The unwinding will also begin states’ implementation of the optional 12-month postpartum period, which the majority of states elected during the pandemic. The tally is up to 36 states and Washington, D.C., with more states actively debating it in ongoing state legislative sessions. In states with pending legislation on electing the 12-months postpartum coverage option, Medicaid agencies have flexibility to delay eligibility determinations for people in the pregnancy coverage category until their legislature makes a decision. However, in states that do not act, they will revert back to a shorter, 60-day postpartum period.
States recently reported their renewal plans to CMS to define how they plan to distribute renewals through the unwinding period, and CMS will use this information to identify states at greatest risk of inappropriate coverage losses and will follow up with states as needed to ensure that proper mitigations are in place to reduce risk of inappropriate terminations and that states’ plans will establish a sustainable workload in future years.
As my CCF colleagues have emphasized, it will be important for states to take the full amount of time available, work with trusted messengers to get the word out to families, and be willing to pause redeterminations if too many people are losing coverage for procedural reasons. The Consolidated Appropriations Act of 2022 also provided additional tools to mitigate coverage losses and provide transparency and accountability as states begin eligibility redeterminations.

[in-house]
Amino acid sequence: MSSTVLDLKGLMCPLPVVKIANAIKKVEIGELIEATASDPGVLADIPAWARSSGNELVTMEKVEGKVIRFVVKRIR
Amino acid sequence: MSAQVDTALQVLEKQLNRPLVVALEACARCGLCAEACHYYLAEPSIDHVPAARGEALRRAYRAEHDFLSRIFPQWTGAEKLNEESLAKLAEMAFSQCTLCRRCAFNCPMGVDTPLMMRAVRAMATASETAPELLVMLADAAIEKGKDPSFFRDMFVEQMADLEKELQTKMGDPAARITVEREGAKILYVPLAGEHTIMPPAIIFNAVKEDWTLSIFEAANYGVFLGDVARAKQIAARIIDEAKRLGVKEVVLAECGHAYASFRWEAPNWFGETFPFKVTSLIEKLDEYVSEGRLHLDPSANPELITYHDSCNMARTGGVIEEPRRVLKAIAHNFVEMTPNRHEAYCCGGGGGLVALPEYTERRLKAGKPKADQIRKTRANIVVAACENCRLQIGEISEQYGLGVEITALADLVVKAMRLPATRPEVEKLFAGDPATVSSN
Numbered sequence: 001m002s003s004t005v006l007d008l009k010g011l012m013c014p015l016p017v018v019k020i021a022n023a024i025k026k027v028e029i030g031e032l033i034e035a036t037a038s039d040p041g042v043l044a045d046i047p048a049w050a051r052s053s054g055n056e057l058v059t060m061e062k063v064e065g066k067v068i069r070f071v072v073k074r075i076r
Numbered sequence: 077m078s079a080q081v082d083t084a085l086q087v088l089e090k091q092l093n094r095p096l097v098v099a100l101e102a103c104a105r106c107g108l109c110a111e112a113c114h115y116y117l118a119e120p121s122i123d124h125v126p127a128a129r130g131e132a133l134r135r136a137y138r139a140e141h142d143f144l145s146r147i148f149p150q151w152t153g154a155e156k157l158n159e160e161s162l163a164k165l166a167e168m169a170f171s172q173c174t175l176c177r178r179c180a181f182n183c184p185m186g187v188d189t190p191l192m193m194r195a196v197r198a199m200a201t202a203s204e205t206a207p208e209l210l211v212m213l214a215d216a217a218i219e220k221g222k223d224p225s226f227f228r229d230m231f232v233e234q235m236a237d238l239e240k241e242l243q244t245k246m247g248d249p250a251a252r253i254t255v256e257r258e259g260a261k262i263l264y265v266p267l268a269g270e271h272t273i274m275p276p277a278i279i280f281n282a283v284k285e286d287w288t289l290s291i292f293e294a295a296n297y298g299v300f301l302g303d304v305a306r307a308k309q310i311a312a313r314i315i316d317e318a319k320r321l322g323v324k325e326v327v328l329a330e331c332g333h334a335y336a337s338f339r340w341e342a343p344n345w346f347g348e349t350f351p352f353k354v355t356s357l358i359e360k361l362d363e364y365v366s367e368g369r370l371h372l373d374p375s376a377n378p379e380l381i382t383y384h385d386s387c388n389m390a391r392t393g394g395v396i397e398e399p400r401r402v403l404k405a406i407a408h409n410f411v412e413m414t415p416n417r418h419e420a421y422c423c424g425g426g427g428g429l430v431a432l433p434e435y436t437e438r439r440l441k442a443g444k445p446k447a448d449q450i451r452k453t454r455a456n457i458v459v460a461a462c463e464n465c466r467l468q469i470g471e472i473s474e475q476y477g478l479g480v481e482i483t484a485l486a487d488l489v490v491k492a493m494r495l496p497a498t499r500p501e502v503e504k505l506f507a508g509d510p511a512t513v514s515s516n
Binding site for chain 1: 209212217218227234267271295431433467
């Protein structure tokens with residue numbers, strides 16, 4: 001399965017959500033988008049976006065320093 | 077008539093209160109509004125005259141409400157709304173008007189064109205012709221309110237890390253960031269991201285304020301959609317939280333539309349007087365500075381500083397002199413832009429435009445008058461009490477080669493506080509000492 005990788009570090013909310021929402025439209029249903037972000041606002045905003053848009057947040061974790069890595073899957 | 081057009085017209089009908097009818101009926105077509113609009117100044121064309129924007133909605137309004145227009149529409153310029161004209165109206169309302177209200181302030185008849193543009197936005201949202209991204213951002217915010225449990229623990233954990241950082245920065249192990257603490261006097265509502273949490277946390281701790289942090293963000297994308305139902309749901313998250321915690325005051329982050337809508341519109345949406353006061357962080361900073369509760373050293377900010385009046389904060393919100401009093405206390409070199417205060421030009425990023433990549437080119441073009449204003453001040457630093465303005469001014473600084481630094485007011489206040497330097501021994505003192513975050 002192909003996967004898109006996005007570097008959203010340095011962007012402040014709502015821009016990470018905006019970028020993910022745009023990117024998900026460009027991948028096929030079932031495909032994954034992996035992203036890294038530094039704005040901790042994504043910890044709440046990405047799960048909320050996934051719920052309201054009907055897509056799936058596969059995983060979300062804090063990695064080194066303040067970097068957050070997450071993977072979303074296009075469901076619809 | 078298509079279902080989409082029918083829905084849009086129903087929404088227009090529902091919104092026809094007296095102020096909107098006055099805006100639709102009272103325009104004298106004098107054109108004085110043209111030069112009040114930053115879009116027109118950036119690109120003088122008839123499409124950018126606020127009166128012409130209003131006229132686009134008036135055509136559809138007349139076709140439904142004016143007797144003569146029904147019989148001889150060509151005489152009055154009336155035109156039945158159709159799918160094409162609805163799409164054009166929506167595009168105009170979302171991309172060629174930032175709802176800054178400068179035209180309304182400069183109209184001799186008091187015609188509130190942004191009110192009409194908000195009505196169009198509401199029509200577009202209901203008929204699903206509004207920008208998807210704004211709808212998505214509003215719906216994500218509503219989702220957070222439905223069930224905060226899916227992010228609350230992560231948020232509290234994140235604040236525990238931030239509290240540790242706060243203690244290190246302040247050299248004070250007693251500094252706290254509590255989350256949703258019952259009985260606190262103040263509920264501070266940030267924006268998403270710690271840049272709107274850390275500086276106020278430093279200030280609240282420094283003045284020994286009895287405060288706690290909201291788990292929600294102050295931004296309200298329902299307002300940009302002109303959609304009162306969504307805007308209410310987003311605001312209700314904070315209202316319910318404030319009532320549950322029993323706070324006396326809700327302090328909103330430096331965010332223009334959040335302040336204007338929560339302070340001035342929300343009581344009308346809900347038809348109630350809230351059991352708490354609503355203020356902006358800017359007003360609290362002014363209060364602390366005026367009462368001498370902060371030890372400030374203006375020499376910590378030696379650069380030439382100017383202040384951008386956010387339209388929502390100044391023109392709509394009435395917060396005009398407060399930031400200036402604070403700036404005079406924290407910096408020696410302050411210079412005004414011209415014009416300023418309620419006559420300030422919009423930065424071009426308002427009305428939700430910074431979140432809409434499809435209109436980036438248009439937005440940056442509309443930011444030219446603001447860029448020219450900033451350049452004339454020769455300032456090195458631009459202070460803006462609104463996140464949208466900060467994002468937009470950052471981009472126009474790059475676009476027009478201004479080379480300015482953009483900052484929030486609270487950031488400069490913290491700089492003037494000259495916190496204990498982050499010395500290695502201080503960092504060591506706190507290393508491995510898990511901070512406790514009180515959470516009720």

To be sure, there will be many mothers who had their pregnancy coverage extended through the pandemic who are no longer eligible for Medicaid. These are the very beneficiaries who will need support in ensuring they successfully transition to other available coverage. For those eligible for Marketplace plans, CMS recently announced a temporary “unwinding” special enrollment period (SEP) for people losing Medicaid/CHIP coverage due to the unwinding of the Medicaid continuous coverage requirement, in states with a federal Marketplace (or in states that use the federal Marketplace platform for their eligibility and enrollment). See my colleague Kelly Whitener’s blog here for more details.
This special enrollment period will be particularly important for new mothers with incomes too high for Medicaid or without access to affordable employer-sponsored insurance. The number of postpartum people eligible for the special enrollment period would likely be especially high in non-expansion states, where eligibility outside of pregnancy is limited to extremely low-income parents (roughly an average of $10,00 per year for a family of three in 2023).
Medicaid has filled a critical gap for new mothers during the pandemic, and the end of the disenrollment protections will put in sharp relief the contrast between states that have elected the 12 months postpartum option and those that have not. With rising rates of maternal mortality and morbidity and ongoing racial disparities in maternal health outcomes, state policymakers must take great care to avoid large coverage losses for new mothers and children. States have an important opportunity to learn from the pandemic to build a new foundation for maternal health coverage.